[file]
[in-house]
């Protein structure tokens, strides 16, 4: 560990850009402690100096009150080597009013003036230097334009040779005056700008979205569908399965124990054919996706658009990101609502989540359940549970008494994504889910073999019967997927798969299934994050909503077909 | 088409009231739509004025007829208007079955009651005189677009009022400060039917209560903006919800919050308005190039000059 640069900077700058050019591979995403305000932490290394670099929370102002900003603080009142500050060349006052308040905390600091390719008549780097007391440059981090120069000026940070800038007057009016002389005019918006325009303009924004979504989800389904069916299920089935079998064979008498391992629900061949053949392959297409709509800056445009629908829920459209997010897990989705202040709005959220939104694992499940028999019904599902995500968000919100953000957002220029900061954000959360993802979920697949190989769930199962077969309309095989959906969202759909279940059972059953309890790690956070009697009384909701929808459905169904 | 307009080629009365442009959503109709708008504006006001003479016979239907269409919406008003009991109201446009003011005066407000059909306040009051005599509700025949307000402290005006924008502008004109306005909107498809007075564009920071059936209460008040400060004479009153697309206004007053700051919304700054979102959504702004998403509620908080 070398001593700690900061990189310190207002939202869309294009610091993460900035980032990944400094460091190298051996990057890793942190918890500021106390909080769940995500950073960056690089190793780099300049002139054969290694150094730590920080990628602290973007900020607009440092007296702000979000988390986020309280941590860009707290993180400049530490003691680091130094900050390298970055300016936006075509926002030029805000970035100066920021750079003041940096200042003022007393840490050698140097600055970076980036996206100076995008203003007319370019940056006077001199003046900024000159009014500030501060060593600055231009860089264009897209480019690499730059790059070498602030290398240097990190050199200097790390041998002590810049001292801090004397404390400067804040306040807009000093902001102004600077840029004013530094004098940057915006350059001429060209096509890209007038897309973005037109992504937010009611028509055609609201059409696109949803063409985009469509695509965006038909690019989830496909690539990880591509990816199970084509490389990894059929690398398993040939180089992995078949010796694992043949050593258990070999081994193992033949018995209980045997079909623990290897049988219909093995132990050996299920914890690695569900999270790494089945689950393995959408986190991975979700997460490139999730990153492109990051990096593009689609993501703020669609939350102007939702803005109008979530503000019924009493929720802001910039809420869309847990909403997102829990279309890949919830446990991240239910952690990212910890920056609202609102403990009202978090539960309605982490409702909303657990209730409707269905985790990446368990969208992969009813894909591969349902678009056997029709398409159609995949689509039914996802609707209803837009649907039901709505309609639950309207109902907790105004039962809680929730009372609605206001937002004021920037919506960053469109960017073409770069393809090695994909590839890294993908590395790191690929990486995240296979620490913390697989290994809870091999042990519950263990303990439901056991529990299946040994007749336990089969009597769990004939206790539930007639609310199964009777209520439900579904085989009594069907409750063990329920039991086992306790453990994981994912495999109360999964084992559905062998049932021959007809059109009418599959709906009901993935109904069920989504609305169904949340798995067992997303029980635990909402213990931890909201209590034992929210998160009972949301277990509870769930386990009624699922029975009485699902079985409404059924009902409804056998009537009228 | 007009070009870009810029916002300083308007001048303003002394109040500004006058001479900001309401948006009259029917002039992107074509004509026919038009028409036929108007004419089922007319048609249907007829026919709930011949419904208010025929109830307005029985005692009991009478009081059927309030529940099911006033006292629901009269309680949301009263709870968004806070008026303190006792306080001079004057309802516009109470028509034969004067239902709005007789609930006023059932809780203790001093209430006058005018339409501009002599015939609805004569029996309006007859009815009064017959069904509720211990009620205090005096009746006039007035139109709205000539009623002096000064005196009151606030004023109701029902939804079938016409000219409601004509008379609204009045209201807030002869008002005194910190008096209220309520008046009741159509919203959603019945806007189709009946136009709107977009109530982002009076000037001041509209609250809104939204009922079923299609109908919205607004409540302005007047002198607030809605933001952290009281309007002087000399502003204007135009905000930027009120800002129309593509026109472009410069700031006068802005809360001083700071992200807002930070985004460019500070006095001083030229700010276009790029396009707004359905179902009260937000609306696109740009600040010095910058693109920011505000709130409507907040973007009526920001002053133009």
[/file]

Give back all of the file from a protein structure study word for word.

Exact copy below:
[in-house]
């Protein structure tokens, strides 16, 4: 560990850009402690100096009150080597009013003036230097334009040779005056700008979205569908399965124990054919996706658009990101609502989540359940549970008494994504889910073999019967997927798969299934994050909503077909 | 088409009231739509004025007829208007079955009651005189677009009022400060039917209560903006919800919050308005190039000059 640069900077700058050019591979995403305000932490290394670099929370102002900003603080009142500050060349006052308040905390600091390719008549780097007391440059981090120069000026940070800038007057009016002389005019918006325009303009924004979504989800389904069916299920089935079998064979008498391992629900061949053949392959297409709509800056445009629908829920459209997010897990989705202040709005959220939104694992499940028999019904599902995500968000919100953000957002220029900061954000959360993802979920697949190989769930199962077969309309095989959906969202759909279940059972059953309890790690956070009697009384909701929808459905169904 | 307009080629009365442009959503109709708008504006006001003479016979239907269409919406008003009991109201446009003011005066407000059909306040009051005599509700025949307000402290005006924008502008004109306005909107498809007075564009920071059936209460008040400060004479009153697309206004007053700051919304700054979102959504702004998403509620908080 070398001593700690900061990189310190207002939202869309294009610091993460900035980032990944400094460091190298051996990057890793942190918890500021106390909080769940995500950073960056690089190793780099300049002139054969290694150094730590920080990628602290973007900020607009440092007296702000979000988390986020309280941590860009707290993180400049530490003691680091130094900050390298970055300016936006075509926002030029805000970035100066920021750079003041940096200042003022007393840490050698140097600055970076980036996206100076995008203003007319370019940056006077001199003046900024000159009014500030501060060593600055231009860089264009897209480019690499730059790059070498602030290398240097990190050199200097790390041998002590810049001292801090004397404390400067804040306040807009000093902001102004600077840029004013530094004098940057915006350059001429060209096509890209007038897309973005037109992504937010009611028509055609609201059409696109949803063409985009469509695509965006038909690019989830496909690539990880591509990816199970084509490389990894059929690398398993040939180089992995078949010796694992043949050593258990070999081994193992033949018995209980045997079909623990290897049988219909093995132990050996299920914890690695569900999270790494089945689950393995959408986190991975979700997460490139999730990153492109990051990096593009689609993501703020669609939350102007939702803005109008979530503000019924009493929720802001910039809420869309847990909403997102829990279309890949919830446990991240239910952690990212910890920056609202609102403990009202978090539960309605982490409702909303657990209730409707269905985790990446368990969208992969009813894909591969349902678009056997029709398409159609995949689509039914996802609707209803837009649907039901709505309609639950309207109902907790105004039962809680929730009372609605206001937002004021920037919506960053469109960017073409770069393809090695994909590839890294993908590395790191690929990486995240296979620490913390697989290994809870091999042990519950263990303990439901056991529990299946040994007749336990089969009597769990004939206790539930007639609310199964009777209520439900579904085989009594069907409750063990329920039991086992306790453990994981994912495999109360999964084992559905062998049932021959007809059109009418599959709906009901993935109904069920989504609305169904949340798995067992997303029980635990909402213990931890909201209590034992929210998160009972949301277990509870769930386990009624699922029975009485699902079985409404059924009902409804056998009537009228 | 007009070009870009810029916002300083308007001048303003002394109040500004006058001479900001309401948006009259029917002039992107074509004509026919038009028409036929108007004419089922007319048609249907007829026919709930011949419904208010025929109830307005029985005692009991009478009081059927309030529940099911006033006292629901009269309680949301009263709870968004806070008026303190006792306080001079004057309802516009109470028509034969004067239902709005007789609930006023059932809780203790001093209430006058005018339409501009002599015939609805004569029996309006007859009815009064017959069904509720211990009620205090005096009746006039007035139109709205000539009623002096000064005196009151606030004023109701029902939804079938016409000219409601004509008379609204009045209201807030002869008002005194910190008096209220309520008046009741159509919203959603019945806007189709009946136009709107977009109530982002009076000037001041509209609250809104939204009922079923299609109908919205607004409540302005007047002198607030809605933001952290009281309007002087000399502003204007135009905000930027009120800002129309593509026109472009410069700031006068802005809360001083700071992200807002930070985004460019500070006095001083030229700010276009790029396009707004359905179902009260937000609306696109740009600040010095910058693109920011505000709130409507907040973007009526920001002053133009």